This week, the Randoms talk about what we were writing before we got published: the good, the bad, and the “thank God it wasn’t published.” Here’s my recounting of the frogs I kissed and which ones turned into princes.
1) Trade magazine articles. This is how I made a living for four-and-a-half years. I wrote about 25,000 words a month, and I edited probably twice to three times as many words. So, with the average YA being about 60,000 words, you’d think I could churn out about five books a year! Sadly, novels aren’t as formulaic as an article about soybeans and heart health.
2) Newspaper articles. For a year, I wrote a column for The Arizona Republic, “Twentysomething and Broke.” I got paid bupkiss, but it let me find my voice and realized that I loved humor in my writing.
3) Poems. My very first bits of writing were typed out on my mom’s typewriter after school in fifth grade (she taught at my elementary school, and I always had at least three hours in her classroom after school where it was either make my own fun or get in trouble with another teacher’s kid who liked electrocuting crickets). I decided I didn’t want to come back to Earth as a vengeful cricket, so I turned these poems into a book and sold them to my classmates.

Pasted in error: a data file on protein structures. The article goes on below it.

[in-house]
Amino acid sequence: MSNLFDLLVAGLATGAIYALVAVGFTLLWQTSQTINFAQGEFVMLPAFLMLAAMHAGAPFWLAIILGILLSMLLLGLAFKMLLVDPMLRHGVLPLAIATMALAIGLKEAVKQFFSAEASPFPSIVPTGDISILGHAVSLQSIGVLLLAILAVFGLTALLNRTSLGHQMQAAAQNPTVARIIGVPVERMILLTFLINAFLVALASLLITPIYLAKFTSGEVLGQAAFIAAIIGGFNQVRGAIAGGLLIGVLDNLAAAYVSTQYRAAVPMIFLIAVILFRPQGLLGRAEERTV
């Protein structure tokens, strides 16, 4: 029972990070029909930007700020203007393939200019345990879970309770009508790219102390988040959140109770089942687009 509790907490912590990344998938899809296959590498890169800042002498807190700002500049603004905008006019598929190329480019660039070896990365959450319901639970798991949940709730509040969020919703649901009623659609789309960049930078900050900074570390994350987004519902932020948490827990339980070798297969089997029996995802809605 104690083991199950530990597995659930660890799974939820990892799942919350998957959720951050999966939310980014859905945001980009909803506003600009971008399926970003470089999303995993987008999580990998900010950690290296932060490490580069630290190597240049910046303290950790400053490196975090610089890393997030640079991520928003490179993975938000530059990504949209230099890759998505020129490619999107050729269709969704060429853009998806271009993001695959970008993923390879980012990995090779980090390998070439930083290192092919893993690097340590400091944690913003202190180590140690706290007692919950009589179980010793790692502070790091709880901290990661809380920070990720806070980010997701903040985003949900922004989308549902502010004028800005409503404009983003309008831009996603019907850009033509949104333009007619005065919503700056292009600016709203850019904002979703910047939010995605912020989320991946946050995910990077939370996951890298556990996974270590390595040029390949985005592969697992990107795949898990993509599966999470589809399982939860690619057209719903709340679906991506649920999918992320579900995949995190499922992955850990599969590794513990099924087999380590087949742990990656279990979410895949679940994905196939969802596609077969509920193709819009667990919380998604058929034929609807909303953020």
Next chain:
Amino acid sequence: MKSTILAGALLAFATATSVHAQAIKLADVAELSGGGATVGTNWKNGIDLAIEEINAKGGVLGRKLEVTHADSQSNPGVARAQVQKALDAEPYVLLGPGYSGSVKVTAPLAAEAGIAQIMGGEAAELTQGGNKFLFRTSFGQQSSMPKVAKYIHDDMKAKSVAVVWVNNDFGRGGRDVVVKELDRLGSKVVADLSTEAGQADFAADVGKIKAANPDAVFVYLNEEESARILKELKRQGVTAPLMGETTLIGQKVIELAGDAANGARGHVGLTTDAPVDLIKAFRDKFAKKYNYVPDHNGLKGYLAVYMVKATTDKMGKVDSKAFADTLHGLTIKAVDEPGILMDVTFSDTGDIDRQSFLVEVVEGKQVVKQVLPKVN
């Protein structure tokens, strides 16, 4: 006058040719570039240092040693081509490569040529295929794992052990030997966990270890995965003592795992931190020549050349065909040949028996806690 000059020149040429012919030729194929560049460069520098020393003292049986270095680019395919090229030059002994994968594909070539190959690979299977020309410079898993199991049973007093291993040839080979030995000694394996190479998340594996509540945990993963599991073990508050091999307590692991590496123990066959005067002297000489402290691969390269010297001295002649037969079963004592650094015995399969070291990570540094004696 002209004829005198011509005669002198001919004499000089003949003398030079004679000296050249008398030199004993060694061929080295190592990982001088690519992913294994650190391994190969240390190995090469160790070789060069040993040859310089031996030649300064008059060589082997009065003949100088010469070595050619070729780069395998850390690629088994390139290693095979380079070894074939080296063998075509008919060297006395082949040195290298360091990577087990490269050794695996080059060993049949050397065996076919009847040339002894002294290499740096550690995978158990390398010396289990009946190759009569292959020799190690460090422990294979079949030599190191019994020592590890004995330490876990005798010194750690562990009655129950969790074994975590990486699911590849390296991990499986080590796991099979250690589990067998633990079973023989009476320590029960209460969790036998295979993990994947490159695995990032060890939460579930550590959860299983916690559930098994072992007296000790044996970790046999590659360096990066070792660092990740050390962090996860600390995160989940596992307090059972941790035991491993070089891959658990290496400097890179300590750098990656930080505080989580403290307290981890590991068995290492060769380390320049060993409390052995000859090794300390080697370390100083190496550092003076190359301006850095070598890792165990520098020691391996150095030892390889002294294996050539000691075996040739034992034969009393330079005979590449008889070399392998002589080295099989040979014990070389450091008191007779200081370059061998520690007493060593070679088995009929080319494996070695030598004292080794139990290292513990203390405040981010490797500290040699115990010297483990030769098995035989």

4) Really bad romance. When I decided to give up the trade magazine job (talk about a soul sucker!), I took a romance writing class at the local community college. It helped push me toward fiction writing–and it also helped me realize that none of my stories ever seemed to have a climatic plot.
5) Amateur sleuth mysteries. Right up until I sold my first YA to Dutton, I was working on an amateur sleuth for two years–I’d revised it twice and sent it out to about 20 agents who gave me some very encouraging rejections. I remember showing it to an online critique group and one guy saying “Can I be your friend when you’re famous?” Talk about great motivation to keep on keeping on! One day when amateur sleuth is wanted again, I’ll dust that baby off.